As political storms have overtaken Facebook and Alphabet's Google in the last few years, Amazon's pursuit of commerce over utopian visions has mostly served it well, insulating it from charges of bias or hypocrisy and helping it remain one of Americans' most trusted brands. But, in the last few months, a growing contingent of employees has been calling for the company to embrace the mantle of higher corporate responsibility and help combat the perils of climate change.
1650 by James F. Peltz. (Moved as a business story.) MOVED
^UN chief sees cities, companies filling US void on climate<
ENV-CLIMATECHANGE-UN:BLO — The head of the United Nations said he believes the U.S. can still pull its weight on climate change, even though President Donald Trump is skipping a U.N. climate summit on Monday and has worked to roll back restrictions on everything from vehicle to power plant emissions.
Cities and businesses are helping fill part of the void left by national governments, including the U.S., on climate issues, U.N. Secretary-General Antonio Guterres told reporters in New York on Friday.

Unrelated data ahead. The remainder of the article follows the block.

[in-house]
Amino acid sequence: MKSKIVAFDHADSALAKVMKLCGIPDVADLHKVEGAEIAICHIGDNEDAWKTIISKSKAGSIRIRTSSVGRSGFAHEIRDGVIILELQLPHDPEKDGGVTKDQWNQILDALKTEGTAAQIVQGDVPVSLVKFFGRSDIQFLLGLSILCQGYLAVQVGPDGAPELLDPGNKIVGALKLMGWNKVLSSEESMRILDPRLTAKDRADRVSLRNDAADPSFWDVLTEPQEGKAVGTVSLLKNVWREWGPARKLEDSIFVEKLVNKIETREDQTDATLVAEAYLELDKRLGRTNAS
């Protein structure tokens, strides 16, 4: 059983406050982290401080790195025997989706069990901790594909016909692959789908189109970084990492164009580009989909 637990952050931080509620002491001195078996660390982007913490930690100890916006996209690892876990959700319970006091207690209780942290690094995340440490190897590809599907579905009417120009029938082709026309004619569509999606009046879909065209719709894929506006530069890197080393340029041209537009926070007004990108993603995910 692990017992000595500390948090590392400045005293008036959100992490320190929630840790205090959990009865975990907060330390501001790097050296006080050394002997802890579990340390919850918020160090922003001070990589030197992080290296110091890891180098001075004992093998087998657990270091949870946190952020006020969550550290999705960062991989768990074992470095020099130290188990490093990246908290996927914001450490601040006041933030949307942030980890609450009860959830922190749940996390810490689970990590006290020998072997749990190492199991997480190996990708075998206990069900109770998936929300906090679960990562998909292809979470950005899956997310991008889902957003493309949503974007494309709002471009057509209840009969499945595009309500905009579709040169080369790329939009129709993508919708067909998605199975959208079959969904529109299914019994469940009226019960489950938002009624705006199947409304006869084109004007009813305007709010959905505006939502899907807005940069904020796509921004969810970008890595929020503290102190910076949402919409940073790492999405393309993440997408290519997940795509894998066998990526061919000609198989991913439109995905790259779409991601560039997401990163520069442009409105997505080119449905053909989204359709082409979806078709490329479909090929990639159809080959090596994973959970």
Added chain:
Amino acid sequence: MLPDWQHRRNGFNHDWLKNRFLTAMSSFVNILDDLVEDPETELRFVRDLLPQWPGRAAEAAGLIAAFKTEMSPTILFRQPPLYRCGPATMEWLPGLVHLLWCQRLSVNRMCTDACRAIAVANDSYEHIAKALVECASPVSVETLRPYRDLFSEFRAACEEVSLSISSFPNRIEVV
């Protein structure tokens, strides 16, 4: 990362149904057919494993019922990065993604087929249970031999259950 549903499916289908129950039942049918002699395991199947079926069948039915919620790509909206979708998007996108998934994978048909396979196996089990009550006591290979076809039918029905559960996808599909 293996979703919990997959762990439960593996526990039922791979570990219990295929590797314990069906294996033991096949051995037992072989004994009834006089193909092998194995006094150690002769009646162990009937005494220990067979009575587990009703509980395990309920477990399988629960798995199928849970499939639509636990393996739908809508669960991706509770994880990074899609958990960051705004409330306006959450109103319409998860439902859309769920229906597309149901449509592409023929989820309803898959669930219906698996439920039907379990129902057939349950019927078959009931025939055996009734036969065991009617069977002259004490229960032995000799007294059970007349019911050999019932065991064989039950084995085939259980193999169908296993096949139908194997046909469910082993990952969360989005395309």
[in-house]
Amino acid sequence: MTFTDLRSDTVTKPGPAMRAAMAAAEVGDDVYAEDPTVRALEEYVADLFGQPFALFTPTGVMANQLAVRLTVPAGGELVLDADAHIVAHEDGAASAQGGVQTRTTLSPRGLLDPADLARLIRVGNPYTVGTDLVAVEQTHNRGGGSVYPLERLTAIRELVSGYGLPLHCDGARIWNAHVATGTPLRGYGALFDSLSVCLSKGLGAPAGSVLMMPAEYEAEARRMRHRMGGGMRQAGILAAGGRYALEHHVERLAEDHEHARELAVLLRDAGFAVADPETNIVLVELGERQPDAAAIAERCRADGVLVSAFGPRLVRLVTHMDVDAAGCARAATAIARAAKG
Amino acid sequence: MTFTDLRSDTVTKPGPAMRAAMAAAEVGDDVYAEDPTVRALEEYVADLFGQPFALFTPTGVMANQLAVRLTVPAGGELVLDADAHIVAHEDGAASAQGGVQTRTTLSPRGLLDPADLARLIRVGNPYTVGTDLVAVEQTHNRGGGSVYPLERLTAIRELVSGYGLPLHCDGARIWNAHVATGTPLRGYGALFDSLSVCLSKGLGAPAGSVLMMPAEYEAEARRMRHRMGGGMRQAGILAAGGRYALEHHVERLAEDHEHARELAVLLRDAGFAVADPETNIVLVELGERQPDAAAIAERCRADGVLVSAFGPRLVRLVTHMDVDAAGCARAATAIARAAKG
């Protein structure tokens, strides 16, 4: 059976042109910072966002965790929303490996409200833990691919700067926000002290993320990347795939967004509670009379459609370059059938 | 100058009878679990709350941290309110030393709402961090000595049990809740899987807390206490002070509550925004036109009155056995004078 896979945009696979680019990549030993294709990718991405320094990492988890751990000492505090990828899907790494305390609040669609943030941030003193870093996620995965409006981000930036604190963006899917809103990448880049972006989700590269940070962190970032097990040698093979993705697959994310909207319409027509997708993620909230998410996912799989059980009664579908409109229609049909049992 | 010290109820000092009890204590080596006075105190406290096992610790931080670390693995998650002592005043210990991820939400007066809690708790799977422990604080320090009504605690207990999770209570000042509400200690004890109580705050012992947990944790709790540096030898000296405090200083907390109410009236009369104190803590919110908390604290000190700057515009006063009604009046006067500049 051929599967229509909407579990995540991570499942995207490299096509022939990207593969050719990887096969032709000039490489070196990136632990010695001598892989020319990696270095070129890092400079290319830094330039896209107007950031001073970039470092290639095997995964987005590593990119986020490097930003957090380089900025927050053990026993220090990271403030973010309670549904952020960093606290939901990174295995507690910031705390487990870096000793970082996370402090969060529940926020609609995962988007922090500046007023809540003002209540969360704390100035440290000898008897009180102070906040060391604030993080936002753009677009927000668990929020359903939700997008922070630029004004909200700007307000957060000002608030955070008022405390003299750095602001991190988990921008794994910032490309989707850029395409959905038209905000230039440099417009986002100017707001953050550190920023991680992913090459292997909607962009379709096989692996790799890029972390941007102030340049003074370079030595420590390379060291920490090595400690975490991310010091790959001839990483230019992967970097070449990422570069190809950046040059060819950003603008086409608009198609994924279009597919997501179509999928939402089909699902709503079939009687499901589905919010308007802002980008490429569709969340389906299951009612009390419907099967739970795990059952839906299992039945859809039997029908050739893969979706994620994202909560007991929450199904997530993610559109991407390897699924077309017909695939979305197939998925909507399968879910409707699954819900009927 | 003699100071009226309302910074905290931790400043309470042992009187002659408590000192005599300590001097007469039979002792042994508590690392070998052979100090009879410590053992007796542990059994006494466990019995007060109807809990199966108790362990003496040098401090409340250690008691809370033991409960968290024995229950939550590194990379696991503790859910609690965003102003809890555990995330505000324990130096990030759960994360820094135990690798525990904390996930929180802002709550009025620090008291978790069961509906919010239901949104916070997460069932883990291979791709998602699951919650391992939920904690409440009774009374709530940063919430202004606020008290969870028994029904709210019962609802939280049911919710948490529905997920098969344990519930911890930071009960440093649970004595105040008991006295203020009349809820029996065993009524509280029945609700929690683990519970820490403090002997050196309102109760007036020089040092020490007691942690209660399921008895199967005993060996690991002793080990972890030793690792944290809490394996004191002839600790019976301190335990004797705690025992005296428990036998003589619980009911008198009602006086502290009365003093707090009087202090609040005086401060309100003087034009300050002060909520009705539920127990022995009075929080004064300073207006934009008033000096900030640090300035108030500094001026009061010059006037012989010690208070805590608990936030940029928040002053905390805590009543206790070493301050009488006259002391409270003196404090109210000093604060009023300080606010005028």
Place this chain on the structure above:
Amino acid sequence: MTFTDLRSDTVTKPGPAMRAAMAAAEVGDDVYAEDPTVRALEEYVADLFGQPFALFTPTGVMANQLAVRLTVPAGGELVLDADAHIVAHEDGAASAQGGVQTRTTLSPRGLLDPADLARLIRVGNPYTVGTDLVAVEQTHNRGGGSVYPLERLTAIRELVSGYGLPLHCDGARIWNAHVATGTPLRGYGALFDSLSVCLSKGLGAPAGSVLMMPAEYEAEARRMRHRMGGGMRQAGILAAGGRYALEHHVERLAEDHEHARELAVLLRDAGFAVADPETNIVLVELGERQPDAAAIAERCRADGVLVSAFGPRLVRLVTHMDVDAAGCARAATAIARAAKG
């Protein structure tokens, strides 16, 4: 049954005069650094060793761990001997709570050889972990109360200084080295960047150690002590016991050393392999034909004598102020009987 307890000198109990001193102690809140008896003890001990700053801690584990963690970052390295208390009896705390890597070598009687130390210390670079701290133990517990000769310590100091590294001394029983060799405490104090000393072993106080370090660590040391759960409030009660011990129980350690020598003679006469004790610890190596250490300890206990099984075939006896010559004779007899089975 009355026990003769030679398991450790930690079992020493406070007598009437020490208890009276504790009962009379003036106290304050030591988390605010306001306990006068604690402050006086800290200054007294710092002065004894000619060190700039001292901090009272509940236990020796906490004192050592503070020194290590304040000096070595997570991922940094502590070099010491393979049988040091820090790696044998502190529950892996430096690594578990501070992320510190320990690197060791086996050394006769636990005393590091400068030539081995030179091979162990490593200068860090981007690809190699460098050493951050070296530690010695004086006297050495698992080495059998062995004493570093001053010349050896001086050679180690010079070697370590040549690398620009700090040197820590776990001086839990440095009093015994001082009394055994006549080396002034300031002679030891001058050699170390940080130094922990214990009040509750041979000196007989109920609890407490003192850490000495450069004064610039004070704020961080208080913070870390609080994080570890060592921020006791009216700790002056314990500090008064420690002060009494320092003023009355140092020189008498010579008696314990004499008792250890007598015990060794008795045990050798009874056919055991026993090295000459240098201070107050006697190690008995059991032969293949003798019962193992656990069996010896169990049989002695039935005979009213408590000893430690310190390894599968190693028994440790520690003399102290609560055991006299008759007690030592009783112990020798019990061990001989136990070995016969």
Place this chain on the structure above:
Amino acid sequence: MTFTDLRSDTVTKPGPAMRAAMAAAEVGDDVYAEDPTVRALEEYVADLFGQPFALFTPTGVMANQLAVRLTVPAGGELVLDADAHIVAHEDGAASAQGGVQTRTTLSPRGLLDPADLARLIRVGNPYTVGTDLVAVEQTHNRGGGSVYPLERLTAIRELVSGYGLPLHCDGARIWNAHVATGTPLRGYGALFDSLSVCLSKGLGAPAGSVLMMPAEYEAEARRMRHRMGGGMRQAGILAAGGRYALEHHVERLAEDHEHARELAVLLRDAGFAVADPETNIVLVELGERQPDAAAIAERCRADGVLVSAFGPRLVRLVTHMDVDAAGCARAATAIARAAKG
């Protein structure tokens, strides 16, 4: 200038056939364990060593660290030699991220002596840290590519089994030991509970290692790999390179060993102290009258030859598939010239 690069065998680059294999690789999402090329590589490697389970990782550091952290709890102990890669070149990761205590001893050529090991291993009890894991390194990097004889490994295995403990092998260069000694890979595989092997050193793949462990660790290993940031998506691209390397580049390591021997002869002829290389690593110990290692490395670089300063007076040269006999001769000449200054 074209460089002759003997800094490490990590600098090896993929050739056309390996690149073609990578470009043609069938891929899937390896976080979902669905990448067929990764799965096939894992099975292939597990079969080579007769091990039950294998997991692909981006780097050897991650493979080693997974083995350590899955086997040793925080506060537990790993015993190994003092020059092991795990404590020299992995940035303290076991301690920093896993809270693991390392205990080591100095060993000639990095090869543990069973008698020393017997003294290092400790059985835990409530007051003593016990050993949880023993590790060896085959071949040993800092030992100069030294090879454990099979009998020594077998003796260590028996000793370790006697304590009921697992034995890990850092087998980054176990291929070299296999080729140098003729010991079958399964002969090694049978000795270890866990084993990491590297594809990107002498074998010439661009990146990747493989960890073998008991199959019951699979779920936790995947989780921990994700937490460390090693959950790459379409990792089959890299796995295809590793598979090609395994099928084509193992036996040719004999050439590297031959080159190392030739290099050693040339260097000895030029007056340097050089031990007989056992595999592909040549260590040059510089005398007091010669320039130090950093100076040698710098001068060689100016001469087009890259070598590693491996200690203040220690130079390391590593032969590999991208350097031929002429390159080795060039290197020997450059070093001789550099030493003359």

500 by David Wainer in New York. MOVED
^Accused synagogue shooter to face trial on murder, other charges<
SYNAGOGUE-SHOOTING:SD — A San Diego judge on Friday ordered a 20-year-old man to stand trial on charges of murder and attempted murder in the April shootings at a Poway synagogue.
John Timothy Earnest, of Rancho Penasquitos, also faces one count of arson from a fire at an Escondido mosque on March 24.
San Diego Superior Court Judge Peter Deddeh determined there was enough evidence presented at the hearing for Earnest's case to move forward.
1200 by Pauline Repard in San Diego. MOVED
^UFO fans stop just short of Area 51<
NEVADA-AREA51-GATHERING:LA. — Jebb McAfee drove down the narrow desert road as far as he could and parked near some other cars alongside the scrub brush. In front of him and his two friends was a barricade, a stop sign and a dream.
The three had traveled all the way from Florida to get here: the back entrance to the top-secret military base Area 51.
Caleb Lower said they hadn't slept in 24 hours. It was the big moment, though, and they weren't going to screw it up.
The trio strode past the barrier toward the entrance a few hundred yards away. Police vehicles came into view. So did cameras on top of tall poles that watched them right back. Signs warned people not to enter.
"We've seen pictures, but this is amazing," he said. "We're here."
They weren't alone, either.
1200 (with trims) by David Montero in Rachel, Nev. MOVED